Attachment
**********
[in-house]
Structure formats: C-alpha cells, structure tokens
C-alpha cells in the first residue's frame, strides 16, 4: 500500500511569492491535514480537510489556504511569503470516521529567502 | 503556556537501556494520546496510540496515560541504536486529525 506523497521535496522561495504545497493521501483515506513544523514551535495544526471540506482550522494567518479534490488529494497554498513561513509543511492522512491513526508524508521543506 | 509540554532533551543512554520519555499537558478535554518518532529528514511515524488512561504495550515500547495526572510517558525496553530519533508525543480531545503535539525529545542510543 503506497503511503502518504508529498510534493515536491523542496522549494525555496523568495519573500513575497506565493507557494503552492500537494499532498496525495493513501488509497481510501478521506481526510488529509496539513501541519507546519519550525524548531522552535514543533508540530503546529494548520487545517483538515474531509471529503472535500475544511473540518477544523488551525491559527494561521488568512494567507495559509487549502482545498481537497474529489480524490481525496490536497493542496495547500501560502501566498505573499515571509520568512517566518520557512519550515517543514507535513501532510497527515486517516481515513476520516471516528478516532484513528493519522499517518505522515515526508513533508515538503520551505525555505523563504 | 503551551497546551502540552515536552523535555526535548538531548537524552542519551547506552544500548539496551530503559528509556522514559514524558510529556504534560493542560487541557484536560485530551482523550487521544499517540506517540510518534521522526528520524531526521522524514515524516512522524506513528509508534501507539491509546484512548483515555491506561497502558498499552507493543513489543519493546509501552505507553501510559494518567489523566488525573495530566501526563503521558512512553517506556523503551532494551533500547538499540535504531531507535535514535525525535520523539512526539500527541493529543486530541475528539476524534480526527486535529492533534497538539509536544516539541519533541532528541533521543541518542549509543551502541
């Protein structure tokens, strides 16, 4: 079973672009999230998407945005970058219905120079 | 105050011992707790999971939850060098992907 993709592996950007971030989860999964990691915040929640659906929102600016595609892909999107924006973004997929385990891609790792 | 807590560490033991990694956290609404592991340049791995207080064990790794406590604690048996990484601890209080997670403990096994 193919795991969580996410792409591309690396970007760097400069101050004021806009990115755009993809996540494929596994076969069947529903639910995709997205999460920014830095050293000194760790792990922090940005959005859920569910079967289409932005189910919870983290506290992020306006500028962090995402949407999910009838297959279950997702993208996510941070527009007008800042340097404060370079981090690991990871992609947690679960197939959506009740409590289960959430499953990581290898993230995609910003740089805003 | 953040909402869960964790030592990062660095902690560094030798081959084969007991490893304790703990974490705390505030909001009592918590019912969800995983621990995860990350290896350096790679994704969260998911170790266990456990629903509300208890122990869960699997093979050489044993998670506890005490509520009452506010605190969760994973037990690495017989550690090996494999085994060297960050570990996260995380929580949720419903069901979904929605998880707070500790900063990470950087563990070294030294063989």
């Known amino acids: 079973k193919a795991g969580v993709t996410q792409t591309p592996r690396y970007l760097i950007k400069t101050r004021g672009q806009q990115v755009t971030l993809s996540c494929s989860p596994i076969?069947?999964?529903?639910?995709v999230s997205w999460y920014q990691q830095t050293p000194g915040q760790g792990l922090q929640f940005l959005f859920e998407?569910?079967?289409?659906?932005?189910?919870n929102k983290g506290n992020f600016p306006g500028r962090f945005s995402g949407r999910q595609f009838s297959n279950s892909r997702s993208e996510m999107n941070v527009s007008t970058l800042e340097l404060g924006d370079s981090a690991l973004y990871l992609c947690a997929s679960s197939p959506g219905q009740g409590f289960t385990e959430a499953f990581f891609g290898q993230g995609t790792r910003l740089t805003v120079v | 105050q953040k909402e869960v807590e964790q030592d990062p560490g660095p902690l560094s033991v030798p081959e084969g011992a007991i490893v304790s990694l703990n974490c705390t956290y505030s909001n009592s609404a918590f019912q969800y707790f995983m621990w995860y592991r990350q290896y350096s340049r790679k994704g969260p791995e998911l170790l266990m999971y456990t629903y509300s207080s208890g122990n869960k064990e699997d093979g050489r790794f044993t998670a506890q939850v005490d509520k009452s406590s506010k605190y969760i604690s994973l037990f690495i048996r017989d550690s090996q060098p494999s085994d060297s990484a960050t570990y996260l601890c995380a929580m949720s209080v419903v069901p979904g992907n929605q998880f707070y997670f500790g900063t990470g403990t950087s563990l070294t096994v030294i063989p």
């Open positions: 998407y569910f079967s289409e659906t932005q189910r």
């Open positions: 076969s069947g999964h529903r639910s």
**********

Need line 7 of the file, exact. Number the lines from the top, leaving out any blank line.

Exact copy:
């Open positions: 076969s069947g999964h529903r639910s």